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Finding and Treating Alcohol Problems

If detected early, alcohol problems can be effectively treated in ways that are less costly and prevent illness that is more serious. Confidential alcohol screenings can be conducted in the workplace (for instance, as part of an employee assistance program, or EAP) or in a healthcare setting such as a physician’s office or the emergency room. Research has shown that a series of short counseling sessions, called brief interventions, can help drinkers reduce their alcohol consumption, reduce the health and other risks that stem from drinking, and save money on healthcare costs. These alcohol-focused interventions can be delivered over the course of five or fewer routine office visits and take just 15 minutes or less

Understanding Alcohol Treatment

When a person has problems with alcohol, it is not just his or her health and well-being that is affected; alcohol problems also take a toll on the drinker’s family, coworkers, employer and community. Nearly 85,000 lives are lost each year to the effects of alcohol use, either through diseases associated with alcohol consumption or through accidents, including car crashes, falls, and drowning. One of every 13 adults has a serious problem with alcohol, and more than half of all American adults have a close family member who is alcohol dependent or has a history of alcoholism. Alcohol-related problems cost every man, woman and child in the United States roughly $683 in lost productivity, healthcare expenditures to treat alcoholism and other medical consequences, alcohol-related car crashes and alcohol-related crime.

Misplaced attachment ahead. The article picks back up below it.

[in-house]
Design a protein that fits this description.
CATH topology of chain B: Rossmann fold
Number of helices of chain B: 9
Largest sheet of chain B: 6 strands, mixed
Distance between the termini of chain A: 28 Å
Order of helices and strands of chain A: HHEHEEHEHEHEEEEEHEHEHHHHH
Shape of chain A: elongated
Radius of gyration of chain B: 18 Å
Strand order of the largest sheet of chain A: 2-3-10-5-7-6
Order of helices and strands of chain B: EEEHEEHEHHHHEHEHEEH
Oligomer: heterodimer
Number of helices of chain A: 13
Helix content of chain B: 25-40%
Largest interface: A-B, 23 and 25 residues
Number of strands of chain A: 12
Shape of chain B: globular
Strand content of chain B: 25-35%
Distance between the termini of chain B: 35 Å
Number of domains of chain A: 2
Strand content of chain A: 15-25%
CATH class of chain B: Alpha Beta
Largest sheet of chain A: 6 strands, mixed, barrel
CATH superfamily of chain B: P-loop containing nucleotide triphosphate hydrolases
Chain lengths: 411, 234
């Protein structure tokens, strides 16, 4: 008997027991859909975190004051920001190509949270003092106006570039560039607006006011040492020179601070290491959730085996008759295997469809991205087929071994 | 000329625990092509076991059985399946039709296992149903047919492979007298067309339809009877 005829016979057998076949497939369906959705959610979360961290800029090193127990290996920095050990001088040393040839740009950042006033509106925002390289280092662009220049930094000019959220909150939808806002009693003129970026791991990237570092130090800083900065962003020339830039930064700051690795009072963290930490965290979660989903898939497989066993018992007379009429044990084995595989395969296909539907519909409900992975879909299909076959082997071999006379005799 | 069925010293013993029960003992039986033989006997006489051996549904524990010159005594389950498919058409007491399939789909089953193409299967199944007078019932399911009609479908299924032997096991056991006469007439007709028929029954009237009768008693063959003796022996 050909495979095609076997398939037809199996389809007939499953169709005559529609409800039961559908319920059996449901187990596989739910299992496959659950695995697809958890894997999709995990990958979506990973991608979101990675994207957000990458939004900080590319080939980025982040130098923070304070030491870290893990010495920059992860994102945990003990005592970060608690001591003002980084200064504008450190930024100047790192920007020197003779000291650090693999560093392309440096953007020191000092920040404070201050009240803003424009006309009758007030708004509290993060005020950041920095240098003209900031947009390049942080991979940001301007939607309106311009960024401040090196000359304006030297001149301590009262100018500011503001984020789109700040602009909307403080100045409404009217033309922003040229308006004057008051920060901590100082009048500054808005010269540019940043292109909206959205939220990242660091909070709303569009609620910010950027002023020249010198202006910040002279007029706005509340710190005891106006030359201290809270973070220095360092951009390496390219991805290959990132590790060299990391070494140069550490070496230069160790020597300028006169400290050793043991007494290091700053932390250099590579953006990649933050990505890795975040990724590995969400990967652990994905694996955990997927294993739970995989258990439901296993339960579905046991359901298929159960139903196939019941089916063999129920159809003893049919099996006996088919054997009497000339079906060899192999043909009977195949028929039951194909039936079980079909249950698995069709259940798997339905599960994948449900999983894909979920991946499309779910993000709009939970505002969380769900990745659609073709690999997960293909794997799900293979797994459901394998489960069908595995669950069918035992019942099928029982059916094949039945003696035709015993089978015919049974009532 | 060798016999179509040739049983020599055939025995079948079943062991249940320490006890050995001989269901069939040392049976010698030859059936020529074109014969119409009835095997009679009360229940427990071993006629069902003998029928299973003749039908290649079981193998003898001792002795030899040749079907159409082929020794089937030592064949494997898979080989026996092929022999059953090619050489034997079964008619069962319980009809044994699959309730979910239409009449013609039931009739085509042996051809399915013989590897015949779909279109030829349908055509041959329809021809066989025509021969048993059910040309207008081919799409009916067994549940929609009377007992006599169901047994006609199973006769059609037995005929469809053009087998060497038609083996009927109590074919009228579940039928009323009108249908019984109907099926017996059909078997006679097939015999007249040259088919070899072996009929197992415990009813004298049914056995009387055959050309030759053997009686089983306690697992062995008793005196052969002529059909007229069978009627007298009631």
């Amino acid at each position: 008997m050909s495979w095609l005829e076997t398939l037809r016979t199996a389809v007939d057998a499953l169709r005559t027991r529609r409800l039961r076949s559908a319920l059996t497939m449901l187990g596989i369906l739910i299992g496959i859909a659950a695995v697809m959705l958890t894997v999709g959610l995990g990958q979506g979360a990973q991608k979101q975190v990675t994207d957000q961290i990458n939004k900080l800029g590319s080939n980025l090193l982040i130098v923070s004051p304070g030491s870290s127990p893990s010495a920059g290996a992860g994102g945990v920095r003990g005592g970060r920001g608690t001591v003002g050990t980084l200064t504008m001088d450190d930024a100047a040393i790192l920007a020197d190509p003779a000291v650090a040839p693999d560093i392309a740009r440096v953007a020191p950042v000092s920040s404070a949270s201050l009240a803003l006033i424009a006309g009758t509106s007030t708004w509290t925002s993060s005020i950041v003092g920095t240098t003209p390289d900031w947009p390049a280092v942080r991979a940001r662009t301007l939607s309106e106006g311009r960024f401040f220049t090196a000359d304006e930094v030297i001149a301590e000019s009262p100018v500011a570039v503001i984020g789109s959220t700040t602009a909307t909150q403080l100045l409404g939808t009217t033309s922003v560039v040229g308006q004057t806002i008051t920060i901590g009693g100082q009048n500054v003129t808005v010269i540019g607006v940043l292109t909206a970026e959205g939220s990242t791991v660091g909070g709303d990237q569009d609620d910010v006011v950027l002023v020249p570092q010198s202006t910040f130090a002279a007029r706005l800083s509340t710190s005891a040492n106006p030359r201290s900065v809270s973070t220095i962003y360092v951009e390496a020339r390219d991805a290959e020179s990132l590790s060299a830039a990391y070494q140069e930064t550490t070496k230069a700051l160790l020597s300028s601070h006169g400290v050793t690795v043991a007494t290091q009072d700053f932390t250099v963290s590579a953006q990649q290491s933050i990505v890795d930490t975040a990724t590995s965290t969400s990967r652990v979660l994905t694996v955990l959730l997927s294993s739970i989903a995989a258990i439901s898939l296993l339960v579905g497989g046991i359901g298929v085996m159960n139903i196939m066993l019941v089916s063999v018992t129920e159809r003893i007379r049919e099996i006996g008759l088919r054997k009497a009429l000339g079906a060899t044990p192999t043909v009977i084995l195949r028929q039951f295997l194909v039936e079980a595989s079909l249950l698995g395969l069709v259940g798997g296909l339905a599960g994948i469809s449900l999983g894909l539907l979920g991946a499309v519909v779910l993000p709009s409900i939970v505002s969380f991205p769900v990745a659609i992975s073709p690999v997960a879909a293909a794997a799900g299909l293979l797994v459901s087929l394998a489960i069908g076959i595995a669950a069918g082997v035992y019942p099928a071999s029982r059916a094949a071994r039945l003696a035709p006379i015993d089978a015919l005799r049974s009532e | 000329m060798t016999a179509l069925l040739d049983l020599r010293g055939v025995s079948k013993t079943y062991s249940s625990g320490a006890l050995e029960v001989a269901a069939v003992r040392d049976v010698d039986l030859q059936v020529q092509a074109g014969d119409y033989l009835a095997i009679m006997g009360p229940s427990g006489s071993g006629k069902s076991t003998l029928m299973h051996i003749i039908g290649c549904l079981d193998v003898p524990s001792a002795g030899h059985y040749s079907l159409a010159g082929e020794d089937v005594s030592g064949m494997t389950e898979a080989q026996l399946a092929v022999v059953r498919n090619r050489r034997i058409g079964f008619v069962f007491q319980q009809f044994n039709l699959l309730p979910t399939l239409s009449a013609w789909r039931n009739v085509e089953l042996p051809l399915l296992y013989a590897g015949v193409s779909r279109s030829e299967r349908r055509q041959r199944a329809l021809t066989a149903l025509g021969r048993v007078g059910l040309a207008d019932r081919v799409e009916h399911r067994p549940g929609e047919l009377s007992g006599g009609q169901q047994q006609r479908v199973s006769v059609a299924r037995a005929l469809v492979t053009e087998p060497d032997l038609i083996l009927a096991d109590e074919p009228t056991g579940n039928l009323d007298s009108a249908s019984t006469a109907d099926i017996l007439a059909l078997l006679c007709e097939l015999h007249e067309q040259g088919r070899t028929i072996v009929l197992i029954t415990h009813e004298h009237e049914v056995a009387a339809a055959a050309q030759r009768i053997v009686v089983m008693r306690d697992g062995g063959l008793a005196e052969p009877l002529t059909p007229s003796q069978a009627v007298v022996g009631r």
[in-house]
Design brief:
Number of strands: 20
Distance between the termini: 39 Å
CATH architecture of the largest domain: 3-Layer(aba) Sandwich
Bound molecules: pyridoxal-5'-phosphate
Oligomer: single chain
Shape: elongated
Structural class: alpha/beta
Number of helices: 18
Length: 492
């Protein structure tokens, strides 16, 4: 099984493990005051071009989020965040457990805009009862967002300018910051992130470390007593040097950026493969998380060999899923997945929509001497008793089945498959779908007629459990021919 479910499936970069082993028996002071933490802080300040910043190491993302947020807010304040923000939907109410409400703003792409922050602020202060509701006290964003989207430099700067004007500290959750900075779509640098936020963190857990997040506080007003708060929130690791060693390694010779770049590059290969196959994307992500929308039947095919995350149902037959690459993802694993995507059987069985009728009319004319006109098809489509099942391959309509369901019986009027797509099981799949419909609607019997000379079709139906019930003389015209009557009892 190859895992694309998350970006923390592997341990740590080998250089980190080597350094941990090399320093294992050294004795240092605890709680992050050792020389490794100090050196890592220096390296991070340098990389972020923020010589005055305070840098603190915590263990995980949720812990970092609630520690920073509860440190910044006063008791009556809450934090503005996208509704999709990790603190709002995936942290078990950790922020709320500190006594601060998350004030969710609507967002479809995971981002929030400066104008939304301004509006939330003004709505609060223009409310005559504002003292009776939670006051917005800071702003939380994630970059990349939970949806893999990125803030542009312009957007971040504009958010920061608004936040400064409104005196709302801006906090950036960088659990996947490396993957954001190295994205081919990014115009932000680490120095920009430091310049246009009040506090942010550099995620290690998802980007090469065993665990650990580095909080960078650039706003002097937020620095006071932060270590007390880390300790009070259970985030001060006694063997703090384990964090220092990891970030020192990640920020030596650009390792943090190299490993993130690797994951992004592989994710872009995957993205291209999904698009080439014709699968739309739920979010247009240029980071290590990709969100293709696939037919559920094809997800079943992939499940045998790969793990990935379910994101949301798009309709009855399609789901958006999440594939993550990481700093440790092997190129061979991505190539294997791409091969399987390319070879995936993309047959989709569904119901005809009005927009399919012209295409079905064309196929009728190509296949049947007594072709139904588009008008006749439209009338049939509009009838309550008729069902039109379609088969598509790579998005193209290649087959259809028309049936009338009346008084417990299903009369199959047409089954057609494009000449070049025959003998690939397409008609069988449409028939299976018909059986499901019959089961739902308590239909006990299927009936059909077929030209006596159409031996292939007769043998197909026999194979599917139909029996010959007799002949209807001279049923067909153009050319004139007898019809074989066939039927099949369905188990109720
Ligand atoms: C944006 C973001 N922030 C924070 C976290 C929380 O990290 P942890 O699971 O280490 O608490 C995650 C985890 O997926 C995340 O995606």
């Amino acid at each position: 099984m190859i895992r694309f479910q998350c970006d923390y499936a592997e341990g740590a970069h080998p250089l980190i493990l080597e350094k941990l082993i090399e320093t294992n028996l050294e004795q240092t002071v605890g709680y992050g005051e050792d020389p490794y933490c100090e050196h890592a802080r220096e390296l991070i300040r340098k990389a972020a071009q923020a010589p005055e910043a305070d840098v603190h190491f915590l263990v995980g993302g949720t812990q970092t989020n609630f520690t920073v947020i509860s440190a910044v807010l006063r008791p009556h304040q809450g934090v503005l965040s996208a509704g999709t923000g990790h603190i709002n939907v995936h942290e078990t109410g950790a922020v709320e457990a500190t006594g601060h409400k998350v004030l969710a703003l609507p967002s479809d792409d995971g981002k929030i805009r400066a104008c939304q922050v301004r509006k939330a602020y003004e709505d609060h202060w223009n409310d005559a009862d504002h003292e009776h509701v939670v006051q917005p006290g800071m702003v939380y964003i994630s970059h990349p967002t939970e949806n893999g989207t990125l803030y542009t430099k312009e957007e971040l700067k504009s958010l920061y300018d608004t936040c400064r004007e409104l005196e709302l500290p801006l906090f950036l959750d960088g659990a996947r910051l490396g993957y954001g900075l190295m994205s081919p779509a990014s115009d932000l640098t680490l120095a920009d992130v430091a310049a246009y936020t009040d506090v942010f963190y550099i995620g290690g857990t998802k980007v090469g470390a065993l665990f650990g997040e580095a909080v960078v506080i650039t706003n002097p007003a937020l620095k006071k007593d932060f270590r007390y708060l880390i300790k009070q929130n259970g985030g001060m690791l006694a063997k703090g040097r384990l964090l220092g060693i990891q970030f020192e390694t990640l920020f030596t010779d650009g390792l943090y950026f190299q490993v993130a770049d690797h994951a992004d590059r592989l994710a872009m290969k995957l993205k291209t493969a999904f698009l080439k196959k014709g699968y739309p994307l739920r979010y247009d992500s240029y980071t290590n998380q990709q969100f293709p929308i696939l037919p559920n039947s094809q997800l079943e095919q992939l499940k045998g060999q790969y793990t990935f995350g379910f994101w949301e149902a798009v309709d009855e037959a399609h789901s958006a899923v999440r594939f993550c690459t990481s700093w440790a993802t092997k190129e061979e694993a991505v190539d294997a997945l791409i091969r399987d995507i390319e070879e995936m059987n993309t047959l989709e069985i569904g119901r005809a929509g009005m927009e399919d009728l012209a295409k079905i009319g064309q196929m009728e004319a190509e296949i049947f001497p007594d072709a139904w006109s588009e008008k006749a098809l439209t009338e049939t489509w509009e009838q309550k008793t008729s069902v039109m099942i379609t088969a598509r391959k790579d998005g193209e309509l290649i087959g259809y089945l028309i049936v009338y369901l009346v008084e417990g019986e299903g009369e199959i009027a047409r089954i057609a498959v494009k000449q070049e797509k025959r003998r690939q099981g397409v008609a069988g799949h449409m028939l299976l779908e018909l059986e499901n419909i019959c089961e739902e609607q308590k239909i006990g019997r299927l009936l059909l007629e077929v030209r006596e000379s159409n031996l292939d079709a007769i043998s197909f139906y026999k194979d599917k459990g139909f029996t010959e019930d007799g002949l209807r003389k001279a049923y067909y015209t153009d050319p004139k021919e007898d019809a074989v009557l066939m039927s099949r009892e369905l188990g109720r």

Early detection of alcohol problems, adequate treatment for alcohol abuse and dependence, and support for recovery can save lives and reduce the social, emotional and financial burdens associated with problem drinking.

Treating Alcohol Problems

Alcohol dependence, or alcoholism, is a chronic disease. People who are alcohol dependent may require more intensive treatment than brief intervention. They likely will need assistance that is tailored to their individual needs. As with other chronic diseases like diabetes or hypertension, a variety of treatment strategies exist:

  • Detoxification helps individuals through withdrawal and is often the first step toward treatment. People with severe dependence on alcohol may need medication and close medical management during detoxification, sometimes requiring brief hospitalization.
  • Psychological therapies, such as social skills training, motivational enhancement, cognitive therapy, marriage and family counseling, aversion therapy and relaxation training, can be effective in treating alcoholism.
  • Providing appropriate services for other problems, including drug addiction, depression, unemployment and domestic violence, gives people with alcoholism a better chance of achieving long-term recovery.
  • Outpatient treatment works best for people with strong social support systems and without other medical or mental health problems. People with other disorders in addition to alcoholism and/or lack of strong social support may do better if they are treated in a hospital.